It's that time of day again, dear readers. Here's some of what I've been reading this afternoon.
Let's see if Congress can create a new housing
and blow up the market again
Robert Pozen, a lecturer at Harvard Business School and the former chairman of MFS Investment Management, has a cautionary article for Real Clear Markets about major exemptions in the Dodd-Frank Act that let banks lend without risk and customers borrow without substantial down payments. Regulators are still writing the Dodd-Frank rules, and he doesn't like what has been proposed. "This combination is a recipe for another housing crisis," he says. But as long as home prices keep going up, how many voters are going to complain about bad policy decisions?
What's Angela Merkel's
Der Spiegel asks if Chancellor Angela Merkel's victory in the German general election will mean "the end of Austerity Angie." Notwithstanding her overwhelming win, she will need a coalition partner. "Many in Europe are hoping an alliance with the center-left Social Democrats would mean a change in the chancellor's harsh austerity policies. Those hopes may be dashed," write Charles Hawley and Daryl Lindsey. Similarly, Andrew Higgins of the New York Times says there is no hint of a new approach.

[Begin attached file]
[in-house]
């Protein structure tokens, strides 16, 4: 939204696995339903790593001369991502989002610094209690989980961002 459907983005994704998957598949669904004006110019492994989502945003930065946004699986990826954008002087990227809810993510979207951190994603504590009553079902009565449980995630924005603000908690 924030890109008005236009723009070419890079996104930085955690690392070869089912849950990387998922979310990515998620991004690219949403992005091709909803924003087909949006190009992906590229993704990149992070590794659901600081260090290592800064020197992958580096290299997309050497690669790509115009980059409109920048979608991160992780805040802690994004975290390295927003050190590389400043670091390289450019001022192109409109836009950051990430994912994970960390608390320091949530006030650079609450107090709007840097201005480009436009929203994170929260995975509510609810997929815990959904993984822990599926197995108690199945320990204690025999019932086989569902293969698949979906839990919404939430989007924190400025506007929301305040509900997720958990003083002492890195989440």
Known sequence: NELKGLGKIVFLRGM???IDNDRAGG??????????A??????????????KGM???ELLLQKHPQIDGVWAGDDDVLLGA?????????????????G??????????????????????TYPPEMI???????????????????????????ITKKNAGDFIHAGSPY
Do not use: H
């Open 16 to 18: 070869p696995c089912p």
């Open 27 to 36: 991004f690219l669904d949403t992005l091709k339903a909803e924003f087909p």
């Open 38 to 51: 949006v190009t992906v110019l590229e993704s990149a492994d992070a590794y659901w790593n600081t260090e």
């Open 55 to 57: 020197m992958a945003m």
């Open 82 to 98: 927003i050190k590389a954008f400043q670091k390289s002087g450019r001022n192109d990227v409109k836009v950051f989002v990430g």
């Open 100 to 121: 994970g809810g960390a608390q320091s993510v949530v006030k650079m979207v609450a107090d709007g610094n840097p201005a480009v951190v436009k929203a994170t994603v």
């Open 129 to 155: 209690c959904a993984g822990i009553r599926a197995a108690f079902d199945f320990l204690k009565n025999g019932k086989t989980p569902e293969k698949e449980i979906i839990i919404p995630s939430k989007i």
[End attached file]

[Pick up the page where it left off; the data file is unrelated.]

Twitter leaning toward New York Stock Exchange
That would be instead of the Nasdaq, according to Bloomberg News reporters Douglas MacMillan and Sam Mamudi. And no wonder, after the technical glitches Facebook endured when it did its IPO on the Nasdaq last year. A final decision hasn't been made yet.
Guinness? In Ireland?
Diageo Plc, which owns the Guinness brewing company, is taking heat for "crass exploitation of a nation's weakness for alcohol by a multinational corporation profiting handsomely from products linked to some of our society's gravest ills," according to Irish Times correspondent Conor Pope. The news hook is that this Thursday is Arthur's Day, which isn't a real holiday, because Diageo invented it four years ago. Mainly it's is an excuse for people to drink a lot of Guinness.
AIG Chief Executive Officer Robert Benmosche . . .
Click the link to see. Enough said.
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